The cultural differences in the placebo effect. How taste, trust and cultural sensitivity can affect global health.
There's something really empowering about the placebo effect. It means that you have the power to heal yourself - that's really quite remarkable. If you're not yet convinced, here are 10 breathtaking statistics about the placebo effect.
Irritable bowel syndrome (IBS) affects 10-15% of people around the world. It is a chronic gastrointestinal disorder with symptoms including abdominal pain, discomfort, diarrhoea and constipation. Most medications are used to treat these symptoms independently of each other and few treatments relieve the symptoms of IBS as a whole (Drossman et al. 2010). Studies have demonstrated that there is a substantial, clinically significant placebo effect for IBS. This then led Harvard researchers to investigate if using placebo for IBS could be both ethical and effective.
Placebos are widely used in medical practice, although the exact numbers are not known. Surveys have shown that somewhere between 57-97% of doctors admit to using placebos in their clinical practice. Placebos would not be used so prevalently if they did not have positive effects, but it's vitally important that placebos are used as ethically as possible to avoid harming the doctor-patient relationship. Here, we outline different types of placebo usage, the ethical considerations and the current medical guidelines for placebos in clinical practice.
Did you know that placebo effects and nocebo effect can be evoked without a placebo; or how about the unspoken ethics code when it comes to prescribing placebos? In a talk by Dr Luana Colloca we learn about the conflicts, ethics and future use of the placebo effect in clinical practice. Here, we summarise some of the key ideas in Dr Colloca's talk.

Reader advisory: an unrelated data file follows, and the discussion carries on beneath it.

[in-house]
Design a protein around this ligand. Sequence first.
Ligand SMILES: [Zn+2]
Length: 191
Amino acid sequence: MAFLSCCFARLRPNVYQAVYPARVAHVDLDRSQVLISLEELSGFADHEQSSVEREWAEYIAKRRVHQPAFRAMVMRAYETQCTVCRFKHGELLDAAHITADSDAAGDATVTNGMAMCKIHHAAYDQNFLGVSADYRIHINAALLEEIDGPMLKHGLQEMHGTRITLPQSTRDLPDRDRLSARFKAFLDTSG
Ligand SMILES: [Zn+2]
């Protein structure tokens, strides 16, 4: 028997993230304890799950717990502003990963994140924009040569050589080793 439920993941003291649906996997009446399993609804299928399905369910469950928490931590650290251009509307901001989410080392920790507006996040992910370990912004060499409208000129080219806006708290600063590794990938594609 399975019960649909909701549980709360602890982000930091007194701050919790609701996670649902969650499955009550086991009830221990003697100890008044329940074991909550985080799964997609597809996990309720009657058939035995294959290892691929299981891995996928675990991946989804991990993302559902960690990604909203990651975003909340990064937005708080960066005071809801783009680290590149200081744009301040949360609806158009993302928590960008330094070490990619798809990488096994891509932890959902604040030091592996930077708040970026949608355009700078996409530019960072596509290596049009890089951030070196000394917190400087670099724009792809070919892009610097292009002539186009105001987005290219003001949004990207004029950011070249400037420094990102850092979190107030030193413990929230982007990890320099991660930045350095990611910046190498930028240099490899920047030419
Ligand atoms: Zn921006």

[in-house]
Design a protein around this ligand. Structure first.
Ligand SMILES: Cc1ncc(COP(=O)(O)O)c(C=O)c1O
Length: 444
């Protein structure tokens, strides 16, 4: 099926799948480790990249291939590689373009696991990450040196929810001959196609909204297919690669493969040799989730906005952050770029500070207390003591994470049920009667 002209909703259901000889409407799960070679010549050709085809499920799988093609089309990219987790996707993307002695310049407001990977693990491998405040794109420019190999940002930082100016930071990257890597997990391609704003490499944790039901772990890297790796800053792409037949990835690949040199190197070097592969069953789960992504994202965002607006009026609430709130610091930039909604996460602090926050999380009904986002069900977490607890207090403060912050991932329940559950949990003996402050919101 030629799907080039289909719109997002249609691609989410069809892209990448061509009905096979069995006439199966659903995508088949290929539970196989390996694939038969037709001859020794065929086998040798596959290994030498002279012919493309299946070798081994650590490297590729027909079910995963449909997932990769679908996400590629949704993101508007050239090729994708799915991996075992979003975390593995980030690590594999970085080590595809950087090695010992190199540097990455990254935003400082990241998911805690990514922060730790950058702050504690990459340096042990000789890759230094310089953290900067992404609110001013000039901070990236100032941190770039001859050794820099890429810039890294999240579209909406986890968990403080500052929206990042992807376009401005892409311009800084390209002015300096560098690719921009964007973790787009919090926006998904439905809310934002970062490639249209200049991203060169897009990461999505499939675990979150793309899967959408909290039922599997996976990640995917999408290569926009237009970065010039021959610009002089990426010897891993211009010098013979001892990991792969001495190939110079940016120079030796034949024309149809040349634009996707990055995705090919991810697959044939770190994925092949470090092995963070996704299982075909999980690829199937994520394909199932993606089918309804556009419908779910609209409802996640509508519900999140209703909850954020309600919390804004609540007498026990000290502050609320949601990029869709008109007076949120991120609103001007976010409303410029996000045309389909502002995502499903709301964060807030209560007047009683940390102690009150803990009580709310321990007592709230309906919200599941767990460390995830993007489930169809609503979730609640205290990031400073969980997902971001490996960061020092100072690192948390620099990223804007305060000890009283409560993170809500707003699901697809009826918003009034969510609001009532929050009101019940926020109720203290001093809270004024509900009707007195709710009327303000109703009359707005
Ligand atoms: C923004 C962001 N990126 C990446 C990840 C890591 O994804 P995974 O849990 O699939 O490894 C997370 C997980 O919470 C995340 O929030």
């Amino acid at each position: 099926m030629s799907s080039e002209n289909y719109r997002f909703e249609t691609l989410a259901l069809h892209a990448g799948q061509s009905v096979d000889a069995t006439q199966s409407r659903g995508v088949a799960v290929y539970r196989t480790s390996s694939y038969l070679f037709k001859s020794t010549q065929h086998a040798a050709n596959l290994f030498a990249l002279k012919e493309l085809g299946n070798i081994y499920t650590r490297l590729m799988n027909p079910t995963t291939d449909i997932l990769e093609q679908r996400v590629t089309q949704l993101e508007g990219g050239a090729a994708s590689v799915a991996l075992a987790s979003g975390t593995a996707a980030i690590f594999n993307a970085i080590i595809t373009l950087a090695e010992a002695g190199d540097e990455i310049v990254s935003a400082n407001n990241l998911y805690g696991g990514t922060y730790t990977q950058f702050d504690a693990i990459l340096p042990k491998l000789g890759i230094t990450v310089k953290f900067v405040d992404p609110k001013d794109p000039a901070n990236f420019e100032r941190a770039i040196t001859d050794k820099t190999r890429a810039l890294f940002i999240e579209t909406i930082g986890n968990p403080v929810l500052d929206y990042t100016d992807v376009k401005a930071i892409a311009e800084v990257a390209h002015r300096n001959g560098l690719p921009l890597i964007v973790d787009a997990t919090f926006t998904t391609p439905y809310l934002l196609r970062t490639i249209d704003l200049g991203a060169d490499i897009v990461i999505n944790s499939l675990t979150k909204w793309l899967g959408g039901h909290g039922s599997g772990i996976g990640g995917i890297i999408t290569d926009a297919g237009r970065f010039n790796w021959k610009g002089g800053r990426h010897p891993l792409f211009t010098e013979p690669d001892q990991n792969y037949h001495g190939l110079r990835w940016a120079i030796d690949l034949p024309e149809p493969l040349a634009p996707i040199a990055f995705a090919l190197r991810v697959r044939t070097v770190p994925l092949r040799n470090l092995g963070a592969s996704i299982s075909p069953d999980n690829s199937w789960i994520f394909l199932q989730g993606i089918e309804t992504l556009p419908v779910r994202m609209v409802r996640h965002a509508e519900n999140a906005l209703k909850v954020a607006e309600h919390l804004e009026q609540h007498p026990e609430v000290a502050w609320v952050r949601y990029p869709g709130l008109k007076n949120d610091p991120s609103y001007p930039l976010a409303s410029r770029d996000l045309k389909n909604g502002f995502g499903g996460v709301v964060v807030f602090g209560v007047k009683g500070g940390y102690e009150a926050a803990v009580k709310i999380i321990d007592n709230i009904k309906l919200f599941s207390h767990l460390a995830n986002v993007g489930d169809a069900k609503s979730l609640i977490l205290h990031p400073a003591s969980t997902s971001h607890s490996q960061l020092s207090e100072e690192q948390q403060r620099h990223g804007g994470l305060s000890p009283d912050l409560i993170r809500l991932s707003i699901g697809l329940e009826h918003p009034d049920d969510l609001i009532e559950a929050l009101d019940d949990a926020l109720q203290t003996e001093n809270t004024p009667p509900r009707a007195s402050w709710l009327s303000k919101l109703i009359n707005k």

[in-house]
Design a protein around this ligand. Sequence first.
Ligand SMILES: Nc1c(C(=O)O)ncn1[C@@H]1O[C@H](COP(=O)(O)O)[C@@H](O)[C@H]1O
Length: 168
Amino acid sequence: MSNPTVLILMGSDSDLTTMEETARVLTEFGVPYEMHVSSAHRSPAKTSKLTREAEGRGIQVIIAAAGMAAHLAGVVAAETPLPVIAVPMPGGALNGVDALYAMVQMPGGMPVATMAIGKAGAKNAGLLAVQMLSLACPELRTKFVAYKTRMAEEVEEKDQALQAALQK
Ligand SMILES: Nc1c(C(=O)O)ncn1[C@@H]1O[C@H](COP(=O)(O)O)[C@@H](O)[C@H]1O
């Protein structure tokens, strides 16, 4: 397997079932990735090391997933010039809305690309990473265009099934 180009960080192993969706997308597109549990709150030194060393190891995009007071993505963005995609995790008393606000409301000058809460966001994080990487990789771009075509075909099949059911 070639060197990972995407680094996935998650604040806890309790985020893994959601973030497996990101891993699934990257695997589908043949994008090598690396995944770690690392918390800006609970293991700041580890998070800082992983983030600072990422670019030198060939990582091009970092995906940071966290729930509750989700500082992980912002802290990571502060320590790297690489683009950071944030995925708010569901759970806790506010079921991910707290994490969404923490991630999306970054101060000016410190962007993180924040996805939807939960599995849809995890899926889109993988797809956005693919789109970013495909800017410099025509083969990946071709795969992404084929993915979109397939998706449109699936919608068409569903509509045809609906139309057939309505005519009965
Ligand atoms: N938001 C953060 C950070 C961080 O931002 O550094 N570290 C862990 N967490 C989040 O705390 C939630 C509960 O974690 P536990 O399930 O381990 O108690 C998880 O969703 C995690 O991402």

In 2013, a survey of UK primary care physicians revealed that 97% of them had used placebos in their career, with 77% of them using placebos at least once a week! We take a look at this and what it means for both patients and doctors.
Dutch company, The Gift Label, have produced a range of soap and lotions, with labels on featuring phrases such as 'You Look Damn Good'. Is this just cute marketing, or could there be something more to it? Could it be an example of everyday placebos?I don't know if you remember Dove's great viral marketing campaign, … Continue reading Everyday placebos
To put people into boxes is human. We commonly categorise people by nationality, ethnicity, age, hair colour, class, educational level, job etc. These categories, bring people together, but they also divide. So why don't we take ourselves out of these boxes, and instead, take a look at what makes us human and how we can … Continue reading Unbox and find a shared purpose
A selection of top TED Talks on the placebo effect. What better way to introduce yourself to the subject?
On a rainy February day, I received an e-mail from my university about the St Gallen Wings of Excellence Award. This award, gave you the opportunity to win an all expenses paid trip to the St Gallen Symposium and all you had to do was write an essay on the theme of Breaking the Status Quo: Your Disruptive … Continue reading The essay that started it all